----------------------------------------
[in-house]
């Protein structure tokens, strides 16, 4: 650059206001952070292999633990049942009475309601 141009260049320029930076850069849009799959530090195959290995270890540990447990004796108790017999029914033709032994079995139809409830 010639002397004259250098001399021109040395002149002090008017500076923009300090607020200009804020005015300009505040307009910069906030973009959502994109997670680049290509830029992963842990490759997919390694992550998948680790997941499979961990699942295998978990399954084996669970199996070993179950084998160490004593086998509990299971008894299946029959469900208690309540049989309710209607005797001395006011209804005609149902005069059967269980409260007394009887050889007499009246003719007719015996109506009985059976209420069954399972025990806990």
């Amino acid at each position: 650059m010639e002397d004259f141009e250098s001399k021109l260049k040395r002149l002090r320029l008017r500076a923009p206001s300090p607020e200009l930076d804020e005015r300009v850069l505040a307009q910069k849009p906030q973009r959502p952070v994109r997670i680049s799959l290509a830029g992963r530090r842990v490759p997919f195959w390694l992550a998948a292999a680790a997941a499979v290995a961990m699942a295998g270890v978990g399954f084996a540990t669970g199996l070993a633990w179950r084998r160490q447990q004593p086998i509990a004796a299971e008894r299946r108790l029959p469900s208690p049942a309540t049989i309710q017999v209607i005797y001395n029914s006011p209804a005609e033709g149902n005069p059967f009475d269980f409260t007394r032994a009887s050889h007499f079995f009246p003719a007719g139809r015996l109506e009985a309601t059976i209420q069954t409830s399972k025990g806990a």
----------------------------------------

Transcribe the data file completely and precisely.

[in-house]
């Protein structure tokens, strides 16, 4: 650059206001952070292999633990049942009475309601 141009260049320029930076850069849009799959530090195959290995270890540990447990004796108790017999029914033709032994079995139809409830 010639002397004259250098001399021109040395002149002090008017500076923009300090607020200009804020005015300009505040307009910069906030973009959502994109997670680049290509830029992963842990490759997919390694992550998948680790997941499979961990699942295998978990399954084996669970199996070993179950084998160490004593086998509990299971008894299946029959469900208690309540049989309710209607005797001395006011209804005609149902005069059967269980409260007394009887050889007499009246003719007719015996109506009985059976209420069954399972025990806990």
């Amino acid at each position: 650059m010639e002397d004259f141009e250098s001399k021109l260049k040395r002149l002090r320029l008017r500076a923009p206001s300090p607020e200009l930076d804020e005015r300009v850069l505040a307009q910069k849009p906030q973009r959502p952070v994109r997670i680049s799959l290509a830029g992963r530090r842990v490759p997919f195959w390694l992550a998948a292999a680790a997941a499979v290995a961990m699942a295998g270890v978990g399954f084996a540990t669970g199996l070993a633990w179950r084998r160490q447990q004593p086998i509990a004796a299971e008894r299946r108790l029959p469900s208690p049942a309540t049989i309710q017999v209607i005797y001395n029914s006011p209804a005609e033709g149902n005069p059967f009475d269980f409260t007394r032994a009887s050889h007499f079995f009246p003719a007719g139809r015996l109506e009985a309601t059976i209420q069954t409830s399972k025990g806990a």